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VERILOG GOTCHAS

July 11th, 2015

Gotcha is a legal language construct that does not produce intended result, in hardware language. Most gotchas simulate but do not produce intended result. For example if we write a=b instead of a==b in program the results can be different without any compilation errors. It can be disastrous if not found before the product is being shipped. So as an engineer should be careful and be able to detect these gotchas especially in large designs.

There are sets of reasons behind gotchas in languages like verilog\system verilog

[ A side note - You can choose various hardware tools and review them here . ]

- Verilog and System verilog are similar to C\C++,so most gotchas are shipped from these languages to languages like verilog and SV.
- Way of execution are different for different EDA tools for verilog and system verilog standards
- Operations depend on language rules

Let us understand by one example using verilog for 4 to 1 Multiplexer

module Mux4_1 (out,s1,s0,i0,i1,i2,i3);
output out;
input i0,i1,i2,i3;
input s1,s0;
reg out;
always @(s1 or s0 or i0 or i1 or i2 or i3)
begin
case ({s1,s0})
2'b00:out=i0;
2'b01:out=i1;
2'b01:out=i2;
2'b11:out=i3;
default:out=1'bx;
endcase
end
endmodule

So look at the above example of 4to1 Multiplexer using verilog and we can clearly see that 2’b01 has been repeated twice which is not desirable but still the program is syntactically correct and will simulate but won’t give desired result.

gotcha1

Let us understand one more gotcha using below example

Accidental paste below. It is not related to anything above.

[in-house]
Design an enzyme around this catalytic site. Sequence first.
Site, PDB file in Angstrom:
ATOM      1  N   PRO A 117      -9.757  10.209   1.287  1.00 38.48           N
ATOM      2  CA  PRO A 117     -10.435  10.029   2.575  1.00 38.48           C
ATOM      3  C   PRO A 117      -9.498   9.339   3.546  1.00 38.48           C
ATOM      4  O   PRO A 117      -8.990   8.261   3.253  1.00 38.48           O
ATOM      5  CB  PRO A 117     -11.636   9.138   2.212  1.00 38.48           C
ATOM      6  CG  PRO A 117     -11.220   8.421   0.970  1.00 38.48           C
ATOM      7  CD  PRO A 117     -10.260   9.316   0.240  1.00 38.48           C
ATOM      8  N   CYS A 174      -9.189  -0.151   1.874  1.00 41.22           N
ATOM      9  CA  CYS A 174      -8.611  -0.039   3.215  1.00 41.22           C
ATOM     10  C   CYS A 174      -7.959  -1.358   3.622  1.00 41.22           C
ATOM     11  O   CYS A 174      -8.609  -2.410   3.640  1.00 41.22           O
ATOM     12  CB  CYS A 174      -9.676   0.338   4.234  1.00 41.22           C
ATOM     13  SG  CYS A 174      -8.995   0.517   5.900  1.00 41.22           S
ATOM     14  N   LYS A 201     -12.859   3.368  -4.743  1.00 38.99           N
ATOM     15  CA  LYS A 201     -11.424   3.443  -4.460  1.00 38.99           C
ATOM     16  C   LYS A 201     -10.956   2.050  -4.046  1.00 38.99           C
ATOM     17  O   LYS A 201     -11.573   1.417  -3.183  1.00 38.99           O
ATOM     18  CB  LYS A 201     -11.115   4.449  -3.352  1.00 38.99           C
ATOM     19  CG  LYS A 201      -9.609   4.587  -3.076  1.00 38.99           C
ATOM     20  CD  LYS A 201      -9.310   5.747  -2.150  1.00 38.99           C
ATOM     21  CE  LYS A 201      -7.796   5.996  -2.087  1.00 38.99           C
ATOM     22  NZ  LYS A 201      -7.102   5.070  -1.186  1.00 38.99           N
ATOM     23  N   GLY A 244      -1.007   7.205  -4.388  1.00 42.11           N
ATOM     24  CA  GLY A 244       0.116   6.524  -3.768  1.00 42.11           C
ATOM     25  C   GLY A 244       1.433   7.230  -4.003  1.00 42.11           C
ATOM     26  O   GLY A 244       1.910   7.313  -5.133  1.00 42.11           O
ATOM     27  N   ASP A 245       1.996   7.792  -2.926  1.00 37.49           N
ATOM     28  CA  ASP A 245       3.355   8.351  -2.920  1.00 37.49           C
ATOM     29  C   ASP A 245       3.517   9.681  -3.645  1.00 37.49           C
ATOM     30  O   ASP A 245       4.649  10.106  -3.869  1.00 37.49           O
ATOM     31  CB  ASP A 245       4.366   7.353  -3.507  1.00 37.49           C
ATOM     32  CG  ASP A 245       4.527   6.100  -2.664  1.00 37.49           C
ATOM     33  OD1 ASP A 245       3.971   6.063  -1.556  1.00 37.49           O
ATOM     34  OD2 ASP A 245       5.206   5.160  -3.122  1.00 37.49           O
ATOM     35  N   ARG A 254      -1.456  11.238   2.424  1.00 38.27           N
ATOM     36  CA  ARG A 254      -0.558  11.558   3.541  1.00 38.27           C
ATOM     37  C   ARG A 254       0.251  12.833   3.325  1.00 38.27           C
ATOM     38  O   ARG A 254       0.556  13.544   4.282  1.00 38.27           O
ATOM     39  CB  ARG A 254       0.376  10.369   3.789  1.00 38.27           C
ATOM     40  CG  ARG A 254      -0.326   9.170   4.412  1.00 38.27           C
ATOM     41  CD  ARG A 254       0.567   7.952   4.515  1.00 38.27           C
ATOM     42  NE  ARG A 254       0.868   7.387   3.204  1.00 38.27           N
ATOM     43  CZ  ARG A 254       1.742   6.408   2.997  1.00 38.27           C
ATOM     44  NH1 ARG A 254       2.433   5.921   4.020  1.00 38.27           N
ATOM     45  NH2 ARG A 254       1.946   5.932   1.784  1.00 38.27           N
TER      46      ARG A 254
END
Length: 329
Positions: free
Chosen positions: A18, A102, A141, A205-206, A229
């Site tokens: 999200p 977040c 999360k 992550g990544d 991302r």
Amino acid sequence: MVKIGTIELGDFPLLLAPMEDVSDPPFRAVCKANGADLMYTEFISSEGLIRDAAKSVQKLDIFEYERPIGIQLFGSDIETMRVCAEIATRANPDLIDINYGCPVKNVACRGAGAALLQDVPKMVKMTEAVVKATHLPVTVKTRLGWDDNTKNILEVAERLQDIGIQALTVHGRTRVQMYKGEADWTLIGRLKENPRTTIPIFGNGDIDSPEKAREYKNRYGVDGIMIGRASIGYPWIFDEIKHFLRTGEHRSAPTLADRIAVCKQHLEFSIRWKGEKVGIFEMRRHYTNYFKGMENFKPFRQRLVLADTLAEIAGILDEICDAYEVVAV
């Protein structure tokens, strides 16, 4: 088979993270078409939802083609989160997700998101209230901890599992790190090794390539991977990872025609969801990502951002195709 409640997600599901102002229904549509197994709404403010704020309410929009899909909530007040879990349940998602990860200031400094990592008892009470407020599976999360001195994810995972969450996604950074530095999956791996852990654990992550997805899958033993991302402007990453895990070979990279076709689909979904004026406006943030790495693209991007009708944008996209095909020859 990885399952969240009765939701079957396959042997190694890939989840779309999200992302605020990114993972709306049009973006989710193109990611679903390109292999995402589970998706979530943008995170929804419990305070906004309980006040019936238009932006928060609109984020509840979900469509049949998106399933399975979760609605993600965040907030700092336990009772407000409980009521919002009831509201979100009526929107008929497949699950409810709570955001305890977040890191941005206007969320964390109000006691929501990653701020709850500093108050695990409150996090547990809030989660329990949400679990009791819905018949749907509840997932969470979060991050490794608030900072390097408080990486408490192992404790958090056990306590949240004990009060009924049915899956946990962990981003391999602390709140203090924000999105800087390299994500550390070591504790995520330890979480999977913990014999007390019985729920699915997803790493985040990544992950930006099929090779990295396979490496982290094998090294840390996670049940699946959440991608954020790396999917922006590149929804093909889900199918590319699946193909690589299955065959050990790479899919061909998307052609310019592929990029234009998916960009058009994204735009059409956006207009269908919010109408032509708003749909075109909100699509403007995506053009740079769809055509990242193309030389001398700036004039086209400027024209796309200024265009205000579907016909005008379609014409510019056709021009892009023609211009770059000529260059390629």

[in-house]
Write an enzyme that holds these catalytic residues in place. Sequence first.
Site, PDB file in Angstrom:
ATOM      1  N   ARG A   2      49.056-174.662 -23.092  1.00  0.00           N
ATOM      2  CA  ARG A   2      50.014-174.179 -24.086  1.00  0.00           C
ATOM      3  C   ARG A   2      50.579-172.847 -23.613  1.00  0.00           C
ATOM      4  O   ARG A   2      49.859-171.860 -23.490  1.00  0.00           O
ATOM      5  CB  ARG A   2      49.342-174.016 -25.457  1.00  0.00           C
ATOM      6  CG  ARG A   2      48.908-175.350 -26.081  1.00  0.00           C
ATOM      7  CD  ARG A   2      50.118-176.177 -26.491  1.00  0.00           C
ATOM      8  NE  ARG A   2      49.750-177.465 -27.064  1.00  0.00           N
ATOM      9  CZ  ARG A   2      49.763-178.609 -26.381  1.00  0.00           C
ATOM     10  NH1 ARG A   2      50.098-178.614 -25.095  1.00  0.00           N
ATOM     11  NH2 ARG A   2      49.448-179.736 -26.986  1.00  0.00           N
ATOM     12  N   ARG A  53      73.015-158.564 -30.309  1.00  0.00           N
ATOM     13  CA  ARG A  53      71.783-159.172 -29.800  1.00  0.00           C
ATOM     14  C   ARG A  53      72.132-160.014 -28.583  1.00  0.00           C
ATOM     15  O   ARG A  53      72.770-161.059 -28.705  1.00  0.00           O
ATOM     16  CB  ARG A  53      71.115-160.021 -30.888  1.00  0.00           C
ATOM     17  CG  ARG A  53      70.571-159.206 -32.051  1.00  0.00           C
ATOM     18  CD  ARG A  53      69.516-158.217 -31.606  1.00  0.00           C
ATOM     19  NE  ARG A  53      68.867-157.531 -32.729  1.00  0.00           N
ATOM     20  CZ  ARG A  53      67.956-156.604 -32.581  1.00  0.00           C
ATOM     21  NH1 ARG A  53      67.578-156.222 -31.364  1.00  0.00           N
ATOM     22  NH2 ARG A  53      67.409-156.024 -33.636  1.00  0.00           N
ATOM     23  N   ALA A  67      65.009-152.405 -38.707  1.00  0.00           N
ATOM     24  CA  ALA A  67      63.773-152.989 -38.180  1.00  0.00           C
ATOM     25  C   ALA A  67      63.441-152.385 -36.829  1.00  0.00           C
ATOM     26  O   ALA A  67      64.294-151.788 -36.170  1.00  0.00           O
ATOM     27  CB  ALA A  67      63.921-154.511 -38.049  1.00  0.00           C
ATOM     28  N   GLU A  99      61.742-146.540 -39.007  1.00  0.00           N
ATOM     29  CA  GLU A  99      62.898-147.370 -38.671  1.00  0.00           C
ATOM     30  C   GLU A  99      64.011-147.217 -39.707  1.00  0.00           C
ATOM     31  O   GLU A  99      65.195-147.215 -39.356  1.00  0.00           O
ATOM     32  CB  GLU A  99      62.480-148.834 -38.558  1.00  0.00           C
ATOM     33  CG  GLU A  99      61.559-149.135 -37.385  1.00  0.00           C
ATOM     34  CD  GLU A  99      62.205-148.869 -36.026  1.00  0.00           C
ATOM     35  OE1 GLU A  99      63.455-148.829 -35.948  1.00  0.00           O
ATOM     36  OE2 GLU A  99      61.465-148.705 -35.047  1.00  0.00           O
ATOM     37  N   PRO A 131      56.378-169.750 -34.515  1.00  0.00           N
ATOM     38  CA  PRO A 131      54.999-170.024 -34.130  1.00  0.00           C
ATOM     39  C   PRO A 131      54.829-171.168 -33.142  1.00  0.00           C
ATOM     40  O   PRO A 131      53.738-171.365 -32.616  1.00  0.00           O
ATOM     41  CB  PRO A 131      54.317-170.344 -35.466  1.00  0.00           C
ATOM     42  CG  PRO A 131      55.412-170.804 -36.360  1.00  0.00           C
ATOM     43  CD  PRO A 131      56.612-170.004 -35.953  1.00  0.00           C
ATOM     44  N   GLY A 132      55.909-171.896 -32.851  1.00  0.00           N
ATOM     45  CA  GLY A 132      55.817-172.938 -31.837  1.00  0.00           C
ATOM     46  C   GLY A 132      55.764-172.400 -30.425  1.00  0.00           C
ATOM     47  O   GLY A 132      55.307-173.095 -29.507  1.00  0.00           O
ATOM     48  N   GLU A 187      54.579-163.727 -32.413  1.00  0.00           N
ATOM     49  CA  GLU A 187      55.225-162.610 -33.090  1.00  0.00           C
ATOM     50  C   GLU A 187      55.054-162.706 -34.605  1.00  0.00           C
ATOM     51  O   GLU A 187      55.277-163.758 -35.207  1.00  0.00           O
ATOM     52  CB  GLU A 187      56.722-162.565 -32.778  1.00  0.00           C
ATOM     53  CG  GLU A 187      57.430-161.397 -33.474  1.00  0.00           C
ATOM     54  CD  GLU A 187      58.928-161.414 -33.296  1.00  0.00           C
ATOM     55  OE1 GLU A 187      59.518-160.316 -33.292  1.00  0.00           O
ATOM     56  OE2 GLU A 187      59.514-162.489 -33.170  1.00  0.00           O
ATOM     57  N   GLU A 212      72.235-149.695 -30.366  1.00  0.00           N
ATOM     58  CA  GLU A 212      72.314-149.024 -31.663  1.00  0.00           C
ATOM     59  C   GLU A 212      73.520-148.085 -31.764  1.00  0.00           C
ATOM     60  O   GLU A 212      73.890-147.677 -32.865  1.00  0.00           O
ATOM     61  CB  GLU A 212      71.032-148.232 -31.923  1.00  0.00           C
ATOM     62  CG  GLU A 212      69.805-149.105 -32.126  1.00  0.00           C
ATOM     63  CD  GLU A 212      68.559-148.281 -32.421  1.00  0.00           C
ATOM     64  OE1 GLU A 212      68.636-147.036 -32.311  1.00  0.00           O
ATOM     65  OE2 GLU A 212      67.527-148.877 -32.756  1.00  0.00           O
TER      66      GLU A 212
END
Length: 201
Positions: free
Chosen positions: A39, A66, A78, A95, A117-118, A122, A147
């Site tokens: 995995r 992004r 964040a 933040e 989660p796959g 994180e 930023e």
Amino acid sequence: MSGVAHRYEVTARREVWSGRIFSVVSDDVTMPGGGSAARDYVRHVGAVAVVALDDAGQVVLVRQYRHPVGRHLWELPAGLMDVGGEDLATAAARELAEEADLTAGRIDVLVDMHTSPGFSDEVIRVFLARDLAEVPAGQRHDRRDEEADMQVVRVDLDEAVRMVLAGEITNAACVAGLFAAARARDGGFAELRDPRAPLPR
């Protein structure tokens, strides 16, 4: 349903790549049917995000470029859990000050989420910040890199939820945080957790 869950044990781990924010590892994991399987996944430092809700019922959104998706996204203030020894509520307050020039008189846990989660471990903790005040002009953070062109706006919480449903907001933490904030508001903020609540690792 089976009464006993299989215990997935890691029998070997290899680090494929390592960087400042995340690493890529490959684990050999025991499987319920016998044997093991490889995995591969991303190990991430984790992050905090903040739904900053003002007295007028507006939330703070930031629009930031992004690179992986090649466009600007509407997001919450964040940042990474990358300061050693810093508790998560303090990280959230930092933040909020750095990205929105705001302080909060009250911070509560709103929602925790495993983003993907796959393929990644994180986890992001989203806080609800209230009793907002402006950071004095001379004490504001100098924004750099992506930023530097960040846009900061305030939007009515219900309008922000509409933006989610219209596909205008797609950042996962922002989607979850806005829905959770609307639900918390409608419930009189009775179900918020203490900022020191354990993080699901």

`timescale 1ns/100ps
module Tb();
reg clock;
integer no_of_clocks;
parameter CLOCK_PERIOD = 30;
initial clock = 1'b0;
always
begin
#(CLOCK_PERIOD/3.0) clock = 1'b0;
#(CLOCK_PERIOD - CLOCK_PERIOD/3.0) clock = 1'b1;
end
initial no_of_clocks = 0;
always@ (posedge clock)
no_of_clocks = no_of_clocks +1 ;
initial
begin
#50000;
$display ("End of simulation time is %d , total number of clocks seen is %d expected is %d",$time,no_of_clocks,($time/5));
$finish;

In the above verilog program $display might execute before assignment operation, it all depend on tool which you are using but if you use $strobe instead it will be executed always at last which will always produce desirable result.

gotcha2

Now let us figure out some precautions to avoid gotchas in verilog
- Avoid misplacing semicolon in statement like end or join
- Should know whether operator is self determined or context determined
- Undeclared vector infers 1bit wire
- Literal syntax should be followed
- Sign extension rules should be followed
- Declaration of variables in continuous assignment
- Sensitivity list in always block of combinational logic

So now I hope it is clear, what are gotchas?Just keep the programming rules as much as you can to avoid them and everything will be fine. So we have seen so far that a language like verilog which appears very simple is not simple at all as it contains some hidden features.

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